In the last couple of days I’ve stuffed Lucene into Picard and it has given me some quite amazing results. I’ve opened a collection of untagged files and watched it open the right albums and populate it with tags automatically. Mind you, none of the tags were previously tagged with MB ids. Plain amazing!
I have this hip-hop compilation that my friend put together and its utter crap — duplicates, many files without tags, crappy spelling and mostly from greatest hits albums. Ick. The original tagger identified less than 15% of the tracks. The new tagger identifies 50% – 60% of the tracks — that’s a really good rate for this crappy collection.
The only downside is that I am playing with a complete Lucene index of the MusicBrainz database. It takes over 650Mb of disk space and takes over an hour to calculate on my 2Ghz Linux box. A compressed version is about 250Mb. I’m trying to think of how I can make these databases available to people. I have a number of thoughts:
1. Build indexes daily and put them up via BitTorrent, and let people help with the distribution of the search indexes.
2. RJ of AudioScrobbler suggested making the DB accessible via P2P — great idea! Any idea what kind of P2P engine one could use for this? I’d like to check this out — and in our case, the P2P use is legit so the MB server could play the role of the host cache for the P2P system. Feedback solicited!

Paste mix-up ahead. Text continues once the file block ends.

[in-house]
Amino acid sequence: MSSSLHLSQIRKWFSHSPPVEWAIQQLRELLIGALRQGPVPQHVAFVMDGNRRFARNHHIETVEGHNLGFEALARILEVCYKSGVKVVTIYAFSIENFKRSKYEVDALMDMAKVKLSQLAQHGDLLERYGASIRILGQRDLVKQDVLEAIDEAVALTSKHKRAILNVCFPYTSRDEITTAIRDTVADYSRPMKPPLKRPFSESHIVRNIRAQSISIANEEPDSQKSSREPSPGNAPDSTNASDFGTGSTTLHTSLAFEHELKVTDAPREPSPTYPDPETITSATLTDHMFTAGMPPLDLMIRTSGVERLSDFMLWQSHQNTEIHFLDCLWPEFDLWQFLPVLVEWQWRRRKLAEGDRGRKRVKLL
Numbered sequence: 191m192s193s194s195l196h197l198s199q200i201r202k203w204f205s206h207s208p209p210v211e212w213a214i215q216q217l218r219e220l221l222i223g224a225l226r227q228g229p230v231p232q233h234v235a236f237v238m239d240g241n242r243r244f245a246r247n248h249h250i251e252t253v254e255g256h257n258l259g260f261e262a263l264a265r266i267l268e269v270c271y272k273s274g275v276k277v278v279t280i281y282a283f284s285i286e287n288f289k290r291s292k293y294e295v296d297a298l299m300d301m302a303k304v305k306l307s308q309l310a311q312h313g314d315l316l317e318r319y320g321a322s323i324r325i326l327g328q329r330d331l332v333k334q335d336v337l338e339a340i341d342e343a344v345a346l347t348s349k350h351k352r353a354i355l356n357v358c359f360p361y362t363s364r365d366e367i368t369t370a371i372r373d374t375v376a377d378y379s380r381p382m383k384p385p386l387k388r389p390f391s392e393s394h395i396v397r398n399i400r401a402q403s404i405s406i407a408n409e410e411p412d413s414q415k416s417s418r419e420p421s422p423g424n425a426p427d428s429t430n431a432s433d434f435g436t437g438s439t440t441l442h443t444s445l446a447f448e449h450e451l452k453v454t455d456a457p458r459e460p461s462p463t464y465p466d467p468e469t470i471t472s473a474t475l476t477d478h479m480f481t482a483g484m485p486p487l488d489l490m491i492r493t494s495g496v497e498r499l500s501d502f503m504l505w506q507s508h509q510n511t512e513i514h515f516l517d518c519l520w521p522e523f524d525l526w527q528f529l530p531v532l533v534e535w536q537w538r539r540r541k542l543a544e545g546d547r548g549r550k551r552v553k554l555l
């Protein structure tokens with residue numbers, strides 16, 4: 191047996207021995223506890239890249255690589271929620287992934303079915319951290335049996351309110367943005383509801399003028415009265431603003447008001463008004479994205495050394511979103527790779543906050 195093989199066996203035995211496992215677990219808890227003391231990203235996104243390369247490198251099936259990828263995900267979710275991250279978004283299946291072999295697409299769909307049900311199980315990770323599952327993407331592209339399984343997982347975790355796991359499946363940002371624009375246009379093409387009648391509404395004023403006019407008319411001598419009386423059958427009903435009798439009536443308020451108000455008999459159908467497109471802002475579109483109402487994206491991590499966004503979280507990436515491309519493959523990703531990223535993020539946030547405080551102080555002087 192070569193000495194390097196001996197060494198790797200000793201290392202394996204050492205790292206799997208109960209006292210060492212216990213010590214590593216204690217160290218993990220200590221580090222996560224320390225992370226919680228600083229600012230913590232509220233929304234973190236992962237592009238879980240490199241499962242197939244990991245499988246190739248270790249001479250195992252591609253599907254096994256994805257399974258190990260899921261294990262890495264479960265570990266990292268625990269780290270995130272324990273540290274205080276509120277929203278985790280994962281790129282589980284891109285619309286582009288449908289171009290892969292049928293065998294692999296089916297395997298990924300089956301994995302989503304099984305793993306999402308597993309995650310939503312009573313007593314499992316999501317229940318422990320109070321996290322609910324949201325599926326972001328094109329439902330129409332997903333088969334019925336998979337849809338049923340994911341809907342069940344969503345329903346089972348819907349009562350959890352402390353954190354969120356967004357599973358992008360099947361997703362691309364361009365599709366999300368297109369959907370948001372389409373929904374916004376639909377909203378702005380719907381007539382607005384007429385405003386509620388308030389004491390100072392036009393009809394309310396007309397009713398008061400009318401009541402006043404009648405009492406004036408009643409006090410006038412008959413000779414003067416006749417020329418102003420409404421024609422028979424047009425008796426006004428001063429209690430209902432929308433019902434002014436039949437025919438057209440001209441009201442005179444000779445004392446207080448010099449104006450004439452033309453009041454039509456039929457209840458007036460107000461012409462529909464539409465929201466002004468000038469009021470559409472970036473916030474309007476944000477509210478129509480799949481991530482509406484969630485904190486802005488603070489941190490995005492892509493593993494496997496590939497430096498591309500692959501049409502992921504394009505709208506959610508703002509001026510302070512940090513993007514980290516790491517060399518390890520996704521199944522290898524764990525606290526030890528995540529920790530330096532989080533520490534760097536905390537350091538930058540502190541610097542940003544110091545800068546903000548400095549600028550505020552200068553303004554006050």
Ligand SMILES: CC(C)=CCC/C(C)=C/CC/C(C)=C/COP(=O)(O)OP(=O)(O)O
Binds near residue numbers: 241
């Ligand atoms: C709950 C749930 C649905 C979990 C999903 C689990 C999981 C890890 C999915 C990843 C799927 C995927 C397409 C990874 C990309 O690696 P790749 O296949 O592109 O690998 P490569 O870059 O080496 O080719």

3. Have the tagger cache metadata (good idea anyway) and build the index incrementally. This is the most transparent for the user and may just be the default. If the user would like to do #1 to download a full index and maintain it incrementally, that could work well as a complement for this idea.
4. Partition the search space (by artist or genre) and have the client download incremental chunks of the index as they are needed. This could be cumbersome and give bad search performance.
Any other suggestions on how to save bandwidth to maintain these local search indexes would be appreciated.